Dec 23, 2004 (CIDRAP News) Although primarily associated with lung infection, the coronavirus that causes SARS (severe acute respiratory syndrome) spreads throughout the human body, Canadian researchers have found.
"We observed extrapulmonary dissemination of the virus into all major organs, especially the bowel and lymph nodes. These data have implications for the clinical manifestation, disease course and outcome, and transmission of SARS-CoV [SARS coronavirus]," says the report by Gabriella A. Farcas and colleagues of the University of Toronto and three other Toronto institutions.
Their study was published electronically in advance of the Jan 15, 2005, issue of the Journal of Infectious Diseases.
The study focused on victims of the SARS outbreak in the Toronto area from March to September of 2003. Autopsies were performed on 21 of 44 patients whose deaths were attributed to SARS. Fifty-one patients who died of other causes during the outbreak and underwent autopsies were used as controls.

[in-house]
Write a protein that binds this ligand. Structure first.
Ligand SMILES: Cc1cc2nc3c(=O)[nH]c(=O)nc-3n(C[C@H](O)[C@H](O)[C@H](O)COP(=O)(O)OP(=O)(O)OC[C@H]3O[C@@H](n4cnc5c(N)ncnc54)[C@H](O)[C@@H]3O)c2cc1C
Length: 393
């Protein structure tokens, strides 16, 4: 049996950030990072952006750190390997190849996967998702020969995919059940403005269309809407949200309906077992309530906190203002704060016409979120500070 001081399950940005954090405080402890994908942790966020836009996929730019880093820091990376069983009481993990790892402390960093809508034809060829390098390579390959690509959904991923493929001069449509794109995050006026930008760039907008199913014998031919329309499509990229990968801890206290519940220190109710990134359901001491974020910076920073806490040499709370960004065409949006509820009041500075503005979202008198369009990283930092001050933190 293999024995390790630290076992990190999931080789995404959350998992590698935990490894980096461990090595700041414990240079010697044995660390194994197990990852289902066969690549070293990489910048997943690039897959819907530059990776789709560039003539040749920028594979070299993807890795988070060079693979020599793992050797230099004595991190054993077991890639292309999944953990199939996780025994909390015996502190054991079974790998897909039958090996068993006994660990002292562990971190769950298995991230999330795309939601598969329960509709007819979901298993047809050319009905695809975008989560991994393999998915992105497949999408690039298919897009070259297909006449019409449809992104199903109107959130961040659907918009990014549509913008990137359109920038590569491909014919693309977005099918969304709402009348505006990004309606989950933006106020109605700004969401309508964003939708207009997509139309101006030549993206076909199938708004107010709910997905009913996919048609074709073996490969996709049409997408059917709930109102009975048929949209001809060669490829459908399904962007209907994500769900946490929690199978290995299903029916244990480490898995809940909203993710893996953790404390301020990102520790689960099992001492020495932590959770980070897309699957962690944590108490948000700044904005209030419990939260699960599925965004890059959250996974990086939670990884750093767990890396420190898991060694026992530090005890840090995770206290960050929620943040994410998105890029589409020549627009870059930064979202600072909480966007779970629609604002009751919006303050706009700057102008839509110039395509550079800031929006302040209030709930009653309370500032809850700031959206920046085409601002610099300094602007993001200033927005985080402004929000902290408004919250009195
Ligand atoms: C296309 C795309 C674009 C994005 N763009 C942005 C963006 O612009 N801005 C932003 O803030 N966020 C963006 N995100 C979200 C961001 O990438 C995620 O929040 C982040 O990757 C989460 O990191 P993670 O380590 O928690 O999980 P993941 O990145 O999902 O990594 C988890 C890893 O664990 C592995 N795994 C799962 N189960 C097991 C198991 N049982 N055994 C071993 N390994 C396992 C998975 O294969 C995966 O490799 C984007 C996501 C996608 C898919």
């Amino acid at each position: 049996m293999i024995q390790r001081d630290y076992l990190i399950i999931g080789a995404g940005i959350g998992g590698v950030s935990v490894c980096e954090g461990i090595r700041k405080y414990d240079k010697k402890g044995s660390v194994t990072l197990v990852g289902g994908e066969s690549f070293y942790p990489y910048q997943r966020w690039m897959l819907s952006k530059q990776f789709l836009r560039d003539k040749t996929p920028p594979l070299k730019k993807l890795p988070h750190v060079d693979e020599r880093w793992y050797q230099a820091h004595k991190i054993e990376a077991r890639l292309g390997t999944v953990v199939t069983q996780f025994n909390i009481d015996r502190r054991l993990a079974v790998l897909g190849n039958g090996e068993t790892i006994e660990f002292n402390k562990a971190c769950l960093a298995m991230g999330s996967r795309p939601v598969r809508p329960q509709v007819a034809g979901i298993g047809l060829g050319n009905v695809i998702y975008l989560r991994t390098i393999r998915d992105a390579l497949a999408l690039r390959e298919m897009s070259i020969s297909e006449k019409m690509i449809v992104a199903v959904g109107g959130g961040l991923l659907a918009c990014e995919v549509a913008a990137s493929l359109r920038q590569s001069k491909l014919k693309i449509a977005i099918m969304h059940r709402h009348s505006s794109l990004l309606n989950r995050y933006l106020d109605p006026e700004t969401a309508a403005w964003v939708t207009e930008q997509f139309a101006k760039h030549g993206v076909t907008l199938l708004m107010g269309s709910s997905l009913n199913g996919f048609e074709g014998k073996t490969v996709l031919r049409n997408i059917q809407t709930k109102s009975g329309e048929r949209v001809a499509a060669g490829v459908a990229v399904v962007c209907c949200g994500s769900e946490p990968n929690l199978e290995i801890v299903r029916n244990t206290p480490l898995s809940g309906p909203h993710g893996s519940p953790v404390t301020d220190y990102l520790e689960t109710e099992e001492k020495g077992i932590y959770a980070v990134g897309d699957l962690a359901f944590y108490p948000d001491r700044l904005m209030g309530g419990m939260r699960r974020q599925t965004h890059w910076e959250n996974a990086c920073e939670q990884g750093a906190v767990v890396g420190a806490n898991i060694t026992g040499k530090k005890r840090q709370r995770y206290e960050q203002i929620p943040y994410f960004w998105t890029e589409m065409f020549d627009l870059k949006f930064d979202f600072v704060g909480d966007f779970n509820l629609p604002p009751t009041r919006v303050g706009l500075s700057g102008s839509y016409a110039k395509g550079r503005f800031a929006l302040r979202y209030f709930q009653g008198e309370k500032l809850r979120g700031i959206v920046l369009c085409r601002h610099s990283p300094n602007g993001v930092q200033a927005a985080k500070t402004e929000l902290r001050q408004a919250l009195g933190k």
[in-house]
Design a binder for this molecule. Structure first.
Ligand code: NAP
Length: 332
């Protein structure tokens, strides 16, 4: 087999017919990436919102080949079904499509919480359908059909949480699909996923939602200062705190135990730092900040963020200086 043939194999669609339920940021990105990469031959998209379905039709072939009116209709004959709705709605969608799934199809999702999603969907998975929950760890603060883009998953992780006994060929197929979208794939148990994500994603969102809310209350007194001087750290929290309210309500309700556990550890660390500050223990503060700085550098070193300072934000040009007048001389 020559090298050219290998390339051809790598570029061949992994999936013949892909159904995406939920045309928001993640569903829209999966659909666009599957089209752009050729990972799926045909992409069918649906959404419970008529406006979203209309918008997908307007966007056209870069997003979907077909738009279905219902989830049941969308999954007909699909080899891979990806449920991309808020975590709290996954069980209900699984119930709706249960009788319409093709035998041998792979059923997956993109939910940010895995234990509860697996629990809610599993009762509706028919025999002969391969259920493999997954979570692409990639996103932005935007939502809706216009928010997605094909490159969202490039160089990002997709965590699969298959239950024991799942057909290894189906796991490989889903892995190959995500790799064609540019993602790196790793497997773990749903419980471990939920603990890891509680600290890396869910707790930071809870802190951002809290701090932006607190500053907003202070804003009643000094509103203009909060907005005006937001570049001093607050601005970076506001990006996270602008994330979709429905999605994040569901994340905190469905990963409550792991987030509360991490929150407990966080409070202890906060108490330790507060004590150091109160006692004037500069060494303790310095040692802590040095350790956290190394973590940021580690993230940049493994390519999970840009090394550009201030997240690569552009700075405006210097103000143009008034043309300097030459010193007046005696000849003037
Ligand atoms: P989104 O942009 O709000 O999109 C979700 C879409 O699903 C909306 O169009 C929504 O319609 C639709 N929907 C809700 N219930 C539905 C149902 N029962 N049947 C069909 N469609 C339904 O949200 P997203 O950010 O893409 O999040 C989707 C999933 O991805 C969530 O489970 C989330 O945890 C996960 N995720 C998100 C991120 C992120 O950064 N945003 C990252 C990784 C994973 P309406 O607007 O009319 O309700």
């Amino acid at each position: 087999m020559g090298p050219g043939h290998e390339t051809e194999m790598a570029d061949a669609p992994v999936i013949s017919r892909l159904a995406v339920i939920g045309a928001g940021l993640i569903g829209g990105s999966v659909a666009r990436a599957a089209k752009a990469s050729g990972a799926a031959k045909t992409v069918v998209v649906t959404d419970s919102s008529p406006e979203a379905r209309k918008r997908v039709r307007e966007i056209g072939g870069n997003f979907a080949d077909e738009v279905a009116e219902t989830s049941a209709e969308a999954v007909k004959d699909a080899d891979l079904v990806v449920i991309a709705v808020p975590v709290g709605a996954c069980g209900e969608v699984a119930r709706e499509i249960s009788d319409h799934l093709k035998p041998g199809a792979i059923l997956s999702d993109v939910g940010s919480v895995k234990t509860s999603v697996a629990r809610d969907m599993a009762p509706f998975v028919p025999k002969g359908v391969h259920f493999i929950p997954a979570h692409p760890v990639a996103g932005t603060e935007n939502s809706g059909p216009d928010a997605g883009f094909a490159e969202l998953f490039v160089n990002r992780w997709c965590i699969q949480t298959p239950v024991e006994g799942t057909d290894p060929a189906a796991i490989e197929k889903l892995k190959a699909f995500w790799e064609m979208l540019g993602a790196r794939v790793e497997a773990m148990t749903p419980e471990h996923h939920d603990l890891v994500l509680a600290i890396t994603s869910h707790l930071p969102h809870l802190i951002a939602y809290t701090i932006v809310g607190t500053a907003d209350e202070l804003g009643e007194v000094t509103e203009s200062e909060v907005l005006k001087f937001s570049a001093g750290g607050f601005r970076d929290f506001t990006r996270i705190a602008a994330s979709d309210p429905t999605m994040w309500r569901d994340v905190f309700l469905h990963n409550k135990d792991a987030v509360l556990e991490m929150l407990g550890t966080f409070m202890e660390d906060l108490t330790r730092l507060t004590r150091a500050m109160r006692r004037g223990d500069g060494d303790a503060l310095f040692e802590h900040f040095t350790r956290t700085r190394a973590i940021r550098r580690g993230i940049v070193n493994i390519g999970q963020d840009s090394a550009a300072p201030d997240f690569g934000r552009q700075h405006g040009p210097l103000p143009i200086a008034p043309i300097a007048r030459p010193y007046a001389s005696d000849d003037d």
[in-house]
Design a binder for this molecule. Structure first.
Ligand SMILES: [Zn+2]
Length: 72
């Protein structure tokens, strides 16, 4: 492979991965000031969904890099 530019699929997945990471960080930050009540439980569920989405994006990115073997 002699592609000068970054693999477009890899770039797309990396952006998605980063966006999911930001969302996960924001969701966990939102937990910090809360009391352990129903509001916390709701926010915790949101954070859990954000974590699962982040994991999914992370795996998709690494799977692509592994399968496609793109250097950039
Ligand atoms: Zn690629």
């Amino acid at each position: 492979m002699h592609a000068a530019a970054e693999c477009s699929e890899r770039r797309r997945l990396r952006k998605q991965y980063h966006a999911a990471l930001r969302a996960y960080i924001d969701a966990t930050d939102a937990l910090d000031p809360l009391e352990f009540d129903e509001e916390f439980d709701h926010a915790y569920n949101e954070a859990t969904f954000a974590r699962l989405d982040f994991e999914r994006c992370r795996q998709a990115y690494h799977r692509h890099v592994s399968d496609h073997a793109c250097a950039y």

Reverse-transcriptase polymerase chain reaction (RT-PCR) tests were used to detect SARS-CoV in organ samples.
The researchers found SARS-CoV in 19 of 19 patients who died within 51 days after the onset of infection. All 206 postmortem samples from the 51 non-SARS patients were negative for the virus.
Besides the lungs, the SARS virus was found in the small and large bowel, lymph nodes, spleen, liver, heart, kidney, and skeletal muscle of at least some patients. The virus was found in the small and large bowel in 73% (11 of 15) of patients, in the heart in 40% (7 of 18), and in skeletal muscle in 12% (2 of 17).
The authors note that watery diarrhea has often been reported as a SARS symptom. That observation and their own findings indicate that gastrointestinal involvement is common in SARS, which has "implications for infection-control measures and the potential for fecal-oral transmission in community outbreaks," the report says.
The findings partially parallel an earlier study in which Chinese researchers found the SARS-CoV in the intestinal tract, sweat glands, and kidneys of SARS victims, in addition to the lungs. That study, however, found no virus in the lymph nodes or muscles.
Farcas GA, Poutanen SM, Mazzulli T, et al. Fatal severe acute respiratory syndrome is associated with multiorgan involvement by coronavirus. J Infect Dis 2005 Jan 15:191(2):193-7 [Abstract]
May 10, 2004, CIDRAP News story, "Study suggests food, sweat, waste could spread SARS virus"